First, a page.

Apr 112013


Pedernales Cellars Wins Prestigious Grand Gold in its First-Ever French Wine Competition

Pedernales Cellars announced recently that its 2012 Viognier Reserve won the prestigious Grand Gold award – the French version of the Double Gold at American wine competitions – at the 2013 Concours International des Vins à Lyon (Lyon International Wine Competition), held this past Saturday.

Pedernales Cellars was the only American winery to win the Grand Gold – this year, a select group of 201 wines won the competition’s highest honor, from a record pool of more than 3200 entrants. The majority of winning wines in this year’s competition were French, though two other Texas wineries (Becker and Flat Creek) won silver and bronze medals respectively for their Viognier entries.

According to Pedernales Cellars co-owner, Dr. Julie Kuhlken, the winery was encouraged to enter the competition at the urging of Melba Allen, a French wine consultant with Oeno-com, who felt that Pedernales Cellars’ signature white varietal compared favorably to French versions of the wine. Pedernales Cellars then coordinated with Becker and Flat Creek to send the trio of Texas Viogniers across the Atlantic for consideration.

“It’s absolutely an honor to be awarded with a double gold in a major French wine competition,” said David Kuhlken, winemaker at Pedernales Cellars. “It speaks well to the evolution of Texas wine that a Texas-grown Viognier can be awarded at this level, at a competition held in the heart of the Rhone region where Viognier thrives.”

The 2012 Viognier Reserve will be available for sale on May 17; bottles and cases can be pre-ordered by calling or visiting the winery’s tasting room. Visitors to the winery can also sample the brand-new Spring 2013 nine-varietial tasting, highlighting white, red, and dessert wines that flourish in the Texas terroir, including the winery’s latest takes on Albarino, Tempranillo, and Moscato Giallo.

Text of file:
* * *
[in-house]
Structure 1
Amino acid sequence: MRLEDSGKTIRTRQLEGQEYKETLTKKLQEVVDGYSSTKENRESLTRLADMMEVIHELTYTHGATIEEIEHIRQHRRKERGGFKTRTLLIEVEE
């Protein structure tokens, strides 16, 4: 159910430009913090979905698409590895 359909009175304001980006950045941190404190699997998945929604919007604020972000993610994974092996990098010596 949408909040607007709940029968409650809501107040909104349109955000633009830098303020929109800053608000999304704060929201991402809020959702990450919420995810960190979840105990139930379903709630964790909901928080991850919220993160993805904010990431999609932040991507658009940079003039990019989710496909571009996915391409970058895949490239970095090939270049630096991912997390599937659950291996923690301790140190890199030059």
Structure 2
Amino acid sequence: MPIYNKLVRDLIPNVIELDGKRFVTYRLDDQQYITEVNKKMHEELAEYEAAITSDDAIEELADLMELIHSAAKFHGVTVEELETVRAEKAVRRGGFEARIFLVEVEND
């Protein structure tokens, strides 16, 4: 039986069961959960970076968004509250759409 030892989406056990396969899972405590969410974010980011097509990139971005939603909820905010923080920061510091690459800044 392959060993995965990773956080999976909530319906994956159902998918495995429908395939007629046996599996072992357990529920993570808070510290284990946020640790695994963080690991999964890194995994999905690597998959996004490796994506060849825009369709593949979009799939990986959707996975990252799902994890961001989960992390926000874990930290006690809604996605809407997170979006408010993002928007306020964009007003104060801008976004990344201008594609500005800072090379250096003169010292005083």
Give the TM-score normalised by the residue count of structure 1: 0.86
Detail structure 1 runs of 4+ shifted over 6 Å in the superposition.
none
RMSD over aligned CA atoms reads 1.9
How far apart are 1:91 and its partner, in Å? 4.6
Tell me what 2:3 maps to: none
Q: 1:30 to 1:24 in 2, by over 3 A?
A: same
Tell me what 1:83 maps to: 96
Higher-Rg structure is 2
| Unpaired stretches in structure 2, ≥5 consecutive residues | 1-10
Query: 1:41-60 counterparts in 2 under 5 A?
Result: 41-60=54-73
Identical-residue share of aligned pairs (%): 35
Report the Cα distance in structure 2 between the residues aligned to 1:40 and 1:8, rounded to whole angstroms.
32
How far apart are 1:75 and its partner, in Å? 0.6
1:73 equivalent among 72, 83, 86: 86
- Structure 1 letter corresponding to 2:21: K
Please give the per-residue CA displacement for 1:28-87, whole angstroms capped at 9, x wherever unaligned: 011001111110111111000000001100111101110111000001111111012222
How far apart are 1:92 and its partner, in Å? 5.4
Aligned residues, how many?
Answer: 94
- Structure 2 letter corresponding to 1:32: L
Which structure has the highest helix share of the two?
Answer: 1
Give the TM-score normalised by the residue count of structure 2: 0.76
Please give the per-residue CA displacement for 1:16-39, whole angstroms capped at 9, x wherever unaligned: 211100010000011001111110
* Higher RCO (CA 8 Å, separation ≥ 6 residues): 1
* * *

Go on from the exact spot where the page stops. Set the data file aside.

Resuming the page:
Pedernales Cellars will participate in two of the premier food festivals in Texas later this month — the Buffalo Gap Wine & Food Summit, April 19-21, and the Austin Food & Wine Festival, April 26-28.

For more information about Pedernales Cellars, including tasting room hours, events, and wines available for online purchase, please revisit the newly-redesigned and relaunched website at pedernalescellars.com.


 Posted by at 3:34 pm
Apr 082013


2013 Hill Country Wine & Music Festival: Texas Wine Tasting and Food Pairing Evening – April 26th

Texas Wine Tasting and Food Pairing Evening with book signing by Chef Terry Thompson Anderson and writer/author Dr. Russell Kane will raise funds for the Texas Center for Wine and Culinary Arts slated for construction in Fredericksburg, Texas.

Perhaps you’ve heard about the last year’s Hill Country Wine & Music Festivals first time wine and food pairing event (check here). It was a night of fine outdoor dining, live music and excellently paired Texas wines with Chef Terry Thompson Anderson and writer/author Dr. Russell Kane providing their interesting stories about what made the wine and food match.

Well, get ready for the 2013 Re-Match: Texas Wine Tasting and Food Pairing Evening with Book Signing (Friday 4/26/2013, 6:00-9:30pm) at the National Museum of the Pacific War’s Ruff Haus located at 205 Elk Street in Fredericksburg. The price of the event ($100 per person) includes one copy each of both Dr. Kane’s book, The Wineslinger Chronicles: Texas on the vine, and Terry Thompson Anderson’s book Texas Hill Country – A food and wine lover’s paradise. Books will be personalized and autographed. Now, that’s a heck of deal!

The event will be hosted by Terry and Russ who will guide you through an enjoyable evening, tasting fine wines and delectable foods from Texas. This will be an opportunity to taste a diversity of wines and styles that are making a wine for Texas and distinguishing it from other major wine producing states. Wines will include:

  • Luscious reds like Woodrose Tempranillo, Texas Hills Barbera, Torre di Pietra Petite Syrah,
  • Crisp whites and Rosé such as Hilmy Cellars Rosé of Tempranillo, Pedernales Cellars Albariño, Duchman Vermentino
  • Flavorful dessert wines such as Messina Hof Muscato Mistella and Fredericksburg Winery Orange Muscat.

Seven courses of wine and gourmet food pairings will be served. The wine and food pairing menu is available online in PDF at: click here for menu – 2013 HCWMF Menu.

The two acclaimed Texas authors have collaborated to pair wines from Messina Hof Winery, Texas Hills Vineyard, Hilmy Cellars, Pedernales Cellars, Duchman Family Winery, Woodrose Winery, Fredericksburg Winery and Torre di Pietra Vineyards with tapas-style recipes from Terry’s book.

The Festival’s first silent auction will be held in conjunction in this event.   Please purchase your tickets now as attendance is limited.

Where: National Museum of the Pacific War’s Ruff Haus, 205 Elk Street, Fredericksburg, Texas

When: April 26, 2013 – 6:00pm to 9:30pm

Go to www.hillcountrywineandmusic.com for more event and festival information and tickets.

 Posted by at 3:32 pm
Apr 062013


Pontotoc Vineyard 2011 San Fernando Academy: A Fusion of All the Senses